My co-worker has a visa situation - if he does not get the Visa this time around, he is going to have to leave the country and either work out of my company's India office, or look for another job. Given the uncertainty surrounding his employment position, he has pro-actively started the job search.

Today, he spoke with me and was upfront about his situation. He then asked me for a LinkedIn recommendation to help with his job search. I like him very much, and have no qualms writing a glowing recommendation for him. However, I was wondering if this would be a good idea.

Aren't recommendations usually given at the end of one's association with a person? i.e. Wouldn't the right time to give him the recommendation be when and if he finds out that he did not get the visa, and is going to take up a job elsewhere? I was thinking he might actually get the visa, and we might remain co-workers for a long time to come. So, I was wondering are there any pitfalls to recommending someone you are currently working with, and might work with for a long time to come. I couldn't think of much, but I just haven't seen anyone do it, and felt uneasy about it. What do you think?


3 Answers 3


While historically you would give a recommendation at the end of a relationship, social media (in this case LinkedIn) has changed that. It used to be that the only time that anyone would be looking at recommendations is when you're looking for a job so it stands to reason that it's the only time you would give one. These days it doesn't really matter and it doesn't imply anything at all (beyond that you're recommending him) when you give a recommendation while they're still associated with you.

In other words, you can recommend him at any time, especially on a site like LinkedIn.


Aren't recommendations usually given at the end of one's association with a person?

LinkedIn "recommendations" are often given during one's association with the individual requesting them. It's not unusual at all.

And LinkedIn's "recommendations" are far less powerful than real references. So don't be shy about them. They don't imply that you want to see this co-worker leave or are helping them do so.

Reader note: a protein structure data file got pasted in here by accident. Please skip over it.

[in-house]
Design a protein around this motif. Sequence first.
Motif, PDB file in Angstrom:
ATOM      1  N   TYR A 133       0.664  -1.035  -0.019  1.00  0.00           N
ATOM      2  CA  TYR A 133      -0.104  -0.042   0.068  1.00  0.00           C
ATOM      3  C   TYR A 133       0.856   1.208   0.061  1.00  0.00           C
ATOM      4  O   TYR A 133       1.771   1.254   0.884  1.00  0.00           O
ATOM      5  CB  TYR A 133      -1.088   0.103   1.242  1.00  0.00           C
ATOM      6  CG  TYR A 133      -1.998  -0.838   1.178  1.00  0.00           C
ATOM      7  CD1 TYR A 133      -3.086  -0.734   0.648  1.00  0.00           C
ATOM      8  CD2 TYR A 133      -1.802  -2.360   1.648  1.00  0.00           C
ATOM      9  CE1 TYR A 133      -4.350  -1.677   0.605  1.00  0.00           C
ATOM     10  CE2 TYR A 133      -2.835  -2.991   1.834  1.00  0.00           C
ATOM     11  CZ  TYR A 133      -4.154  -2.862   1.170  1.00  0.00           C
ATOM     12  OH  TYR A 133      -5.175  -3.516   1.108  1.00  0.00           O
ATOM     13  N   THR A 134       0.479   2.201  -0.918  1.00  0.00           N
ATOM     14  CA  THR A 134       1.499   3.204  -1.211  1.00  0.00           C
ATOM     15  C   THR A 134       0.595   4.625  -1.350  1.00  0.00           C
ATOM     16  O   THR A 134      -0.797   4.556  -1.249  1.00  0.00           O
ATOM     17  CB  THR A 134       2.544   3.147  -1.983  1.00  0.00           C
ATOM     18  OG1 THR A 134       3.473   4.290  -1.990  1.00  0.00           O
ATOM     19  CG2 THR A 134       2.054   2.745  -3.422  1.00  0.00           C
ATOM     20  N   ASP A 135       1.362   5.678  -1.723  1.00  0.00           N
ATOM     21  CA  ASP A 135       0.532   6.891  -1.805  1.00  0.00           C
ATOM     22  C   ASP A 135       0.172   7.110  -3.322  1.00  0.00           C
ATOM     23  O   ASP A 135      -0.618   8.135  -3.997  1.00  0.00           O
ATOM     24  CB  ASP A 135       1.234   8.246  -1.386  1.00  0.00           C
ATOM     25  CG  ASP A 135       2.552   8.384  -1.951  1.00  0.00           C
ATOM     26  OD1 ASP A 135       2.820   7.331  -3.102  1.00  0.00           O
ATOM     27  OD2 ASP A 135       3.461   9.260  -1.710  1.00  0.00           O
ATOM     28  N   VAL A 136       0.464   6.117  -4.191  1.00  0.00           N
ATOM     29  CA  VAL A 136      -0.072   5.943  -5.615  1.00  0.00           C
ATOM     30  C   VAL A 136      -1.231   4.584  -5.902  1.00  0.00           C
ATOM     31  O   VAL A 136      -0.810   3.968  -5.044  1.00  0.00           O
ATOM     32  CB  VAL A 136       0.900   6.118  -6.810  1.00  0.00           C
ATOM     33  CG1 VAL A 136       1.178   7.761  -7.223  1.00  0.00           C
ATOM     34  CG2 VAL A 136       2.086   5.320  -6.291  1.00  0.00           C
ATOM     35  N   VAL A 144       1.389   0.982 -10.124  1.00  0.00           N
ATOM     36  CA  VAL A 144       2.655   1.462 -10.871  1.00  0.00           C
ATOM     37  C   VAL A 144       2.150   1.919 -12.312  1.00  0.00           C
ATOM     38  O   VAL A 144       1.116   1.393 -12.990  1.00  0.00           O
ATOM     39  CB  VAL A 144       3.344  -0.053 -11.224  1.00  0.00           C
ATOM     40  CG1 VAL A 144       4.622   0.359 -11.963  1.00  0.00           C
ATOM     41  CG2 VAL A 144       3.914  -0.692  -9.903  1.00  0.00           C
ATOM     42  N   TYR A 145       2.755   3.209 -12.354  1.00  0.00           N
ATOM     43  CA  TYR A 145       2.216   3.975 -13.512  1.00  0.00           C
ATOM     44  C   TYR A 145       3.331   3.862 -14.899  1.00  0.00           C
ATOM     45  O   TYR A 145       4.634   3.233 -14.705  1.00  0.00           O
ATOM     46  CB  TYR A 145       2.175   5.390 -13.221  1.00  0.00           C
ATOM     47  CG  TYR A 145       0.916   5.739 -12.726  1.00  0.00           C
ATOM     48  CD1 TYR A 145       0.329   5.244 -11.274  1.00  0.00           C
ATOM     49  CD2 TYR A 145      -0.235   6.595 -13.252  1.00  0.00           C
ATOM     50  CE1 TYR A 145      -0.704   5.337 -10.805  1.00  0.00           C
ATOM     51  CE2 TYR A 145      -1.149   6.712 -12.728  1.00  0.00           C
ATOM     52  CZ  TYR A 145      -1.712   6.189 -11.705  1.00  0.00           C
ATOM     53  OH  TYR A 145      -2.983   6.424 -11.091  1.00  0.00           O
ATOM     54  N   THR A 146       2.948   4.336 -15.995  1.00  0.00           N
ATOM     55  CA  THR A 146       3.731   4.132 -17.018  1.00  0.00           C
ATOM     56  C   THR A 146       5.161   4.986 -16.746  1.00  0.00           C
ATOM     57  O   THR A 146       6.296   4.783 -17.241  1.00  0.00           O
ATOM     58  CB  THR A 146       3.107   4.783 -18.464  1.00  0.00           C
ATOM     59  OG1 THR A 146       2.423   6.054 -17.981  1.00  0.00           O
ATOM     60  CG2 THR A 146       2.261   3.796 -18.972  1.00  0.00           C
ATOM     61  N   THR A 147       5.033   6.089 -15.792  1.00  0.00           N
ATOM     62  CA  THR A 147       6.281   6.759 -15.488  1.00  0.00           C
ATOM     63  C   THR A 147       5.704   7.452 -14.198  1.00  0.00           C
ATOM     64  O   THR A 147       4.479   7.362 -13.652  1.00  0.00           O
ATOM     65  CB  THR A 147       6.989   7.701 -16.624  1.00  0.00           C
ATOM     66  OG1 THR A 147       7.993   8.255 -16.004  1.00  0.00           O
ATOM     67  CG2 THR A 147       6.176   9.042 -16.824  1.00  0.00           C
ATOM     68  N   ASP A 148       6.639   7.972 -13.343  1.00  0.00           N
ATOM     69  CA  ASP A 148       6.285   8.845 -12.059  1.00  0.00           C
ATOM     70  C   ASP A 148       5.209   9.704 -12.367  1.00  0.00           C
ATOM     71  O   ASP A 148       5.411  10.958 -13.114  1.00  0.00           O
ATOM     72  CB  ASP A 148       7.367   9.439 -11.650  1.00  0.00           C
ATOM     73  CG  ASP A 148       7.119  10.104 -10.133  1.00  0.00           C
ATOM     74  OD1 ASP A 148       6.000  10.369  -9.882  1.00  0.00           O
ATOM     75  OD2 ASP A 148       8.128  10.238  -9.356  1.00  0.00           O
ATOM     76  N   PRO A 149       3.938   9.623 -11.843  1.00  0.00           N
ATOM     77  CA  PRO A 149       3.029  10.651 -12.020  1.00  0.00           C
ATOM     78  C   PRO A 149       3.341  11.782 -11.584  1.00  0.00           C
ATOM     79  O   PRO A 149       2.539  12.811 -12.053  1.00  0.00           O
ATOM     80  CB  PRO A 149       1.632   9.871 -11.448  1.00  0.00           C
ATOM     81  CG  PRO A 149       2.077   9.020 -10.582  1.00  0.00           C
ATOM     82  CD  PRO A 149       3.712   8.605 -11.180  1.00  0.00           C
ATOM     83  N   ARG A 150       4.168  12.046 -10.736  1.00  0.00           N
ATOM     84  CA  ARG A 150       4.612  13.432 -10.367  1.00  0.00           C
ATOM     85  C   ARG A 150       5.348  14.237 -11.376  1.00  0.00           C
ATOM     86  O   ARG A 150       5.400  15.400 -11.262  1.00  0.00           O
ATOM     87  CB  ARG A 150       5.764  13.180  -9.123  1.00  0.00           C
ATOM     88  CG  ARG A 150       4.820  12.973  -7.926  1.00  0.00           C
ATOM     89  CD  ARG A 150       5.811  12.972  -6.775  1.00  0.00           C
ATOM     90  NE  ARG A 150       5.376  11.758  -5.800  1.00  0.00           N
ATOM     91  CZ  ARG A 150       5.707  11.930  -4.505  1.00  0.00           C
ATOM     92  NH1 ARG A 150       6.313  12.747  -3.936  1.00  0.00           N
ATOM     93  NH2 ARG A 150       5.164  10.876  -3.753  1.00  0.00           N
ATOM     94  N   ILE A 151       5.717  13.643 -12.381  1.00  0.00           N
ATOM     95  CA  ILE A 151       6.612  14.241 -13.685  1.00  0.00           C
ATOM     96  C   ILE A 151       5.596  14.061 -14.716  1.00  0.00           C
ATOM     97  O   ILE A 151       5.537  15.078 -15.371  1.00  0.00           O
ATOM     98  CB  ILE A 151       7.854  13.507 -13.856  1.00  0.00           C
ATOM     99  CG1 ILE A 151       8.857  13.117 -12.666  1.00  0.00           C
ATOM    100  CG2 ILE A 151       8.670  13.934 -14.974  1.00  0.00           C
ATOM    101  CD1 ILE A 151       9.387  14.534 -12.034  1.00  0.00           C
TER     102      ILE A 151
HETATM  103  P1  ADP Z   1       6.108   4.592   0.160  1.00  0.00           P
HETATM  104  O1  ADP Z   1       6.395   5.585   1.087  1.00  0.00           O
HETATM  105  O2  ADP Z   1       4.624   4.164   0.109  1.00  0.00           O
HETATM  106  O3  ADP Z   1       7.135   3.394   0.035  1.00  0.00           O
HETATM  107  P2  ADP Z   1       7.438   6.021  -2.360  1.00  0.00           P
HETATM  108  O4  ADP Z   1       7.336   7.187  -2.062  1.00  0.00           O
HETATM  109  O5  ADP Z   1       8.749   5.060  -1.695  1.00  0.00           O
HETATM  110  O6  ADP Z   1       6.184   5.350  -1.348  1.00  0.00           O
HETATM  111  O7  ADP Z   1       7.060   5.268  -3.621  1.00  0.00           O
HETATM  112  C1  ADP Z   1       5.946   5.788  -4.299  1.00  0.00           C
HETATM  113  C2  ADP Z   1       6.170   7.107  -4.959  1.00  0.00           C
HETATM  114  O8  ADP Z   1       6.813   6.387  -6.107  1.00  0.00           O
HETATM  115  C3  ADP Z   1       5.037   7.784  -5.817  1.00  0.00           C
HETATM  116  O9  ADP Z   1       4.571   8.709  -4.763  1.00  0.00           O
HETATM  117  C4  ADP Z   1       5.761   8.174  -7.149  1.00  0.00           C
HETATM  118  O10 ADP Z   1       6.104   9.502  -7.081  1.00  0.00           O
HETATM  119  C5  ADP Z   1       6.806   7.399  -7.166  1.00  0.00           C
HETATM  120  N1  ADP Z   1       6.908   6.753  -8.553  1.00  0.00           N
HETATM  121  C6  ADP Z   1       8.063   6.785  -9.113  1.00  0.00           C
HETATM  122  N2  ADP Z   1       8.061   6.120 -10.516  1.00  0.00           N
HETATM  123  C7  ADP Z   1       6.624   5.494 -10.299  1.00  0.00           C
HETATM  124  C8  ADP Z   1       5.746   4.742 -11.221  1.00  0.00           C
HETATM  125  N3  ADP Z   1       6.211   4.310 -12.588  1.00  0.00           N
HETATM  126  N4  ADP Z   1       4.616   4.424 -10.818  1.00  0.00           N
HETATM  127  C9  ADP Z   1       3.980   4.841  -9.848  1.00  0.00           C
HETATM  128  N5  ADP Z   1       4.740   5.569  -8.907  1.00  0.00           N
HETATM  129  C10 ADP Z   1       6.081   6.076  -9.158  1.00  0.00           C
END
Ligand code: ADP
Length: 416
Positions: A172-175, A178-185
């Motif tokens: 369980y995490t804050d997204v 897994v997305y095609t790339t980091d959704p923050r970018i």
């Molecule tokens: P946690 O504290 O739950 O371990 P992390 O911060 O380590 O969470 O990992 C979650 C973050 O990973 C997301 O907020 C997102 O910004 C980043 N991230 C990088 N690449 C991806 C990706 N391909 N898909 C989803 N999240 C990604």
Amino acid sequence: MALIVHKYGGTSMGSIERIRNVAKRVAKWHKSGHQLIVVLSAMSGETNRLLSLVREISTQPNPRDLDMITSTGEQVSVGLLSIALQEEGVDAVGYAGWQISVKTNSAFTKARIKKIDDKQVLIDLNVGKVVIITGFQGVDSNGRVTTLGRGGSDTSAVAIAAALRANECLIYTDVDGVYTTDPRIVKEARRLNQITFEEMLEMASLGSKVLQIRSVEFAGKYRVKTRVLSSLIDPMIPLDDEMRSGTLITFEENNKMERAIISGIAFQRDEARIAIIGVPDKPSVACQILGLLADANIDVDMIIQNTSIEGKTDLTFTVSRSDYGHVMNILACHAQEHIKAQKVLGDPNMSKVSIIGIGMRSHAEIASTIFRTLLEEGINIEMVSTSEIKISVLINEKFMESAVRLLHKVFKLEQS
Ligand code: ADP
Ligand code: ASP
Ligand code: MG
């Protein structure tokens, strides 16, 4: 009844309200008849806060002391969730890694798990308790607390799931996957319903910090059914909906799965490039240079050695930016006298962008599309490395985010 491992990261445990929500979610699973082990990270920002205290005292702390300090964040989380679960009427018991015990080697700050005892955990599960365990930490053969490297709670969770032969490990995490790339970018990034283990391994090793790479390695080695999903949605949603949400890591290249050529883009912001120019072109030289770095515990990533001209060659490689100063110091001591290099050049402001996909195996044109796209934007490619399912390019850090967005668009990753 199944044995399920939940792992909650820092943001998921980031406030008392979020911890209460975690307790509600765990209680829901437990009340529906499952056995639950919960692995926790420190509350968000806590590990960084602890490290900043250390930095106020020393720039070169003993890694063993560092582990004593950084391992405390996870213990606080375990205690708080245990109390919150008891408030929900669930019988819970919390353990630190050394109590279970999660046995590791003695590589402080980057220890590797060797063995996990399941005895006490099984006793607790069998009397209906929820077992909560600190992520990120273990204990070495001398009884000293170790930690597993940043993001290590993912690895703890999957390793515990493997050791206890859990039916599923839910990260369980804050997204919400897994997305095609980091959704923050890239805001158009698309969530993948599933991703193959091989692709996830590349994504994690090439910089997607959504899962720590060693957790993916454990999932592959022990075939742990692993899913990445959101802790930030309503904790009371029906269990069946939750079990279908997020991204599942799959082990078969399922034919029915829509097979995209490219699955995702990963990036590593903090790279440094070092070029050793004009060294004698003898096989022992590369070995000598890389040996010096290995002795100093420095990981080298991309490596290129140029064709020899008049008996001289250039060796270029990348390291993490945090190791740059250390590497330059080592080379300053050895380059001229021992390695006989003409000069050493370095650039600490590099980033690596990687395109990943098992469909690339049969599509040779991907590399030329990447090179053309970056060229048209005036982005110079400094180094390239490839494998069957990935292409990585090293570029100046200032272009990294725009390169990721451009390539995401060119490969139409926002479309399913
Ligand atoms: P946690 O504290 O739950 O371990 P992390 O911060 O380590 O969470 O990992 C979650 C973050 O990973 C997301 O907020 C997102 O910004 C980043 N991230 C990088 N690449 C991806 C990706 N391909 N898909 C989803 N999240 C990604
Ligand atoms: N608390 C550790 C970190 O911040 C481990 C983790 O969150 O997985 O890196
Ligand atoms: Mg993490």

What do you think?

As @Joe mentioned, Linkedin recommendations are far less powerful. Only recommendations which will appear on linkedin are the ones which are overly praising since user can choose which should appear on their profile. So you do not have to write it if you are not comfortable with it. I do not even think it will have an impact on his job search anyways.

Instead offer to be on his reference list and say that you will be happy to give a glowing recommendation if someone from his prospective employer contacts you.

This has always worked for me (both in giving and using references) without using Linkedin recommendations.

  • Aren't references the same way? Your coworker will only use the best ones, whether on his profile or on his resume.
    – Erik
    Commented May 9, 2017 at 7:44
  • @Erik, mostly yes but the final recommendation you give directly to the company is still up to you and confidential. You can give a negative recommendation to someone who thought you will give positive reference for them. Usually someone will not give a name unless they are sure they will get a good recommendation but still you always do not know what other person thinks of you.
    – PagMax
    Commented May 9, 2017 at 8:55

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